Review all Financial/Billing and determine steps to close out  – This phase of shutting down the PMO will consist of closing out PO’s and returning any unused money to your organization. Make sure that all vendor PO’s are paid out and you are tracking your budget and spending closely in order to be able to close down your budget. It is highly recommended to work with your finance department staff to walk you through this process and close off PO’s and transfer any budget back to the company funds.

Review Software Contracts/Maintenance agreements in place that will need closing – Depending on any software that was purchased for your Portfolio, Program and Project Managers you are going to have to look at any contracts that you have in place with vendor companies and determine how to close them off or at least shutdown billing. Some of these maintenance contracts go on for years, so getting in front of them and shut down all billing is very important.

Review PMO Materials/PMO Sites and archive/backup – In this step of the process, you are taking copies (hard and soft) of all PMO information. From SharePoint sites, to change control process documents, it is important to backup and store offline copies of this information. If/When the company decides it needs a new PMO, you will have all this information at your fingertips and basically be ready to start building a new PMO(Note: PMO Cycle is covered in my article “How to Build a PMO” article).

Failure Rubber Stamp

PMO Shutdown – This is the final last check phase of the project where you have basically ticked and tied all the components of the PMO and shut everything down. This is not a period to celebrate, the PMO shut down for a reason that was most likely not positive, so make sure you handle this whole process professionally and with grace. It is how you handle situations like this management looks at to determine how you will fit in other roles. Which a new role will be exactly what you will be looking for at this moment.  

Bill’s Thoughts: Hey, I just wanted to spend a minute and talk about this whole process for a second and get real with you. I have done this 7 times in my career so far with 6 of them being at one company. As PMO Manager, you are going to have to get used to this process and don’t take it personally. This is just a step in our job that we will have to deal with and get used to. It is hard I know, it is not fun shutting down your baby, but don’t take it personally, it is just business.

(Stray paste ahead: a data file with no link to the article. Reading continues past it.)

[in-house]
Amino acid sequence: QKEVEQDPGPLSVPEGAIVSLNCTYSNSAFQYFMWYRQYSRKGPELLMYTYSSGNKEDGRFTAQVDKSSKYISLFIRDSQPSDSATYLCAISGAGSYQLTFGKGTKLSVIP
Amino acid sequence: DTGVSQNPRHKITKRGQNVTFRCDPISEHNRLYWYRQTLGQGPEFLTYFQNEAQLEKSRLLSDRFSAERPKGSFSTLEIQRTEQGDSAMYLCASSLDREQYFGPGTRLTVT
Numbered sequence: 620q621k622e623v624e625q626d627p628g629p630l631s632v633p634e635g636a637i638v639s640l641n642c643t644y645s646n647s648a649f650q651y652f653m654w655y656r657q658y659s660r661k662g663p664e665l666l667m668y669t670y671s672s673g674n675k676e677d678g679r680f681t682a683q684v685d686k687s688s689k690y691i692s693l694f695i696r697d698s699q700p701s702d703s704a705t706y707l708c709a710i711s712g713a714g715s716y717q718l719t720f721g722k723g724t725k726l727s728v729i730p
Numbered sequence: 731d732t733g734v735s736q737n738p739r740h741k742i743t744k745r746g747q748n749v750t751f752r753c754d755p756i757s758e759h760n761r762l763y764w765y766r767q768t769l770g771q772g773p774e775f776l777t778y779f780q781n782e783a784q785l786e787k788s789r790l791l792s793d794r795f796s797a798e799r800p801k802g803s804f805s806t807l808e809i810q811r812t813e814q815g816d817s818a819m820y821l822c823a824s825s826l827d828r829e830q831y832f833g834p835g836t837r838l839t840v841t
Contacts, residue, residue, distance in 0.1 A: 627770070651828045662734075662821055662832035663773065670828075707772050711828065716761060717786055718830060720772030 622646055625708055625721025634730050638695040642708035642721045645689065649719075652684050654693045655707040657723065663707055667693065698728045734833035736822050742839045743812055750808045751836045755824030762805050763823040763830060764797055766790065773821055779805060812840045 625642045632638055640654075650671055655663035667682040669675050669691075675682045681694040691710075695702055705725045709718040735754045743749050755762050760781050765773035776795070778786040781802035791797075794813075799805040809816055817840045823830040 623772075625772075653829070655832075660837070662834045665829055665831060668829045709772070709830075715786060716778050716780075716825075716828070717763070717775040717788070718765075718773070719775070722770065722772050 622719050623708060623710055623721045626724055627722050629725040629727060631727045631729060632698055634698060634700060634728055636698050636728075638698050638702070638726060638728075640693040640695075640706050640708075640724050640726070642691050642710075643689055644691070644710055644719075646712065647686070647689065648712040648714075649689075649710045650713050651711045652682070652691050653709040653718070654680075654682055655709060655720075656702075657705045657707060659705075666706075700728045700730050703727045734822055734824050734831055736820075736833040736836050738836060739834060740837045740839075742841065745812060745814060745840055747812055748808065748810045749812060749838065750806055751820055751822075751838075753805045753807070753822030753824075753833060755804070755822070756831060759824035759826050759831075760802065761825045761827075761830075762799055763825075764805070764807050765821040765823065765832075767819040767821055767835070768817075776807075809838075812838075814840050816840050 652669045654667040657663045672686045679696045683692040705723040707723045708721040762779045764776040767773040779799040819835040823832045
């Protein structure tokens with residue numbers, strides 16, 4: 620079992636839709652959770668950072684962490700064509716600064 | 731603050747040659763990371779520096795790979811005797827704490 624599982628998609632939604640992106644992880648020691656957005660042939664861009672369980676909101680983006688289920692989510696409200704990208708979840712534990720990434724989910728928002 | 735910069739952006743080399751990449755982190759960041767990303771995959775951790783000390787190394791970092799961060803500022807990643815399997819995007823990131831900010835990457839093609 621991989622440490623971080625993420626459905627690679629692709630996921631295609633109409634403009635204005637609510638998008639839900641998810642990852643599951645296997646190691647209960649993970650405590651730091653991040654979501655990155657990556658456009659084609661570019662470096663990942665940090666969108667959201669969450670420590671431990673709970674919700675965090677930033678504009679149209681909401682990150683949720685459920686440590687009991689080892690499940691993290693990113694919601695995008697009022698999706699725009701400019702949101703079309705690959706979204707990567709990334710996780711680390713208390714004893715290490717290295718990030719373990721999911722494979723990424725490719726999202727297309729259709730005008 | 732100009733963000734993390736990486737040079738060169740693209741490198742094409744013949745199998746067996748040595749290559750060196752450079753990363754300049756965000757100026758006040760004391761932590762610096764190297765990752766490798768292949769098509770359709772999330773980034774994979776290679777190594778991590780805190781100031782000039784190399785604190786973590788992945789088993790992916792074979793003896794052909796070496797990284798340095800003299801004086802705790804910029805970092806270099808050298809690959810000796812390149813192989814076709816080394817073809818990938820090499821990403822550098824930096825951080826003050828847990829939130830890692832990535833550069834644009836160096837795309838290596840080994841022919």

Want to try my “How to Build a PMO” ChatBot?

Click the image below and get started! If you don’t have one, you will be prompted to sign-up for a FREE account on Poe.com. It is no different than signing up for a free account on ChatGPT. Grab your free account and start playing with this new chatbot today!


Like what you read? Want more information? Check out the full ebook here with much more information on this process! Download the ebook today!

Here are some articles that you may be interested in:

Check out this article I wrote on this subject for www.projectmanagement.com on PMO’s. https://www.projectmanagement.com/articles/280385/Implementing-a-PMO–Does-it-Have-to-be-So-Hard-

Check out the How to Build a PMO article I wrote if you missed it above:

Check out the How to Run a Successful PMO article I wrote if you missed it above:

Good luck, it’s a tough job shutting down a PMO, it is emotional, it is scary, but hang in there you will get through it. I did 6 or 7 times. Depends on when you read this article! Ha ha

Bill Dow, PMP

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Bill Dow, a PMP-certified expert in Project Management Offices (PMOs), has co-authored books on the subject. With over 20 years of teaching experience and having built 10 PMOs across 4 companies.

1 thought on “How to Shutdown a Project Management Office (PMO)”

  1. Hello,

    I just finished reading your article on how to shut down a PMO, and I have to say, it was a very interesting and insightful read. As someone who has worked in project management for many years, I understand the importance of a PMO in managing projects effectively, and I appreciate that you have provided guidance on how to shut down a PMO in a responsible and strategic way.

    I appreciated the fact that you emphasized the importance of having a solid reason for shutting down a PMO, and that it should be done after careful consideration and analysis. Your tips on communicating the decision to stakeholders and ensuring that there is a plan in place for a smooth transition were also very helpful.

    I also found your recommendations for what to do with the knowledge and resources of a PMO after it has been shut down to be particularly insightful. The idea of creating a knowledge repository and sharing it with other parts of the organization is an excellent way to ensure that the knowledge and expertise of the PMO are not lost.

    Overall, I think your article is a great resource for anyone who is involved in project management and is considering shutting down a PMO. Thanks for sharing such a well-researched and informative piece!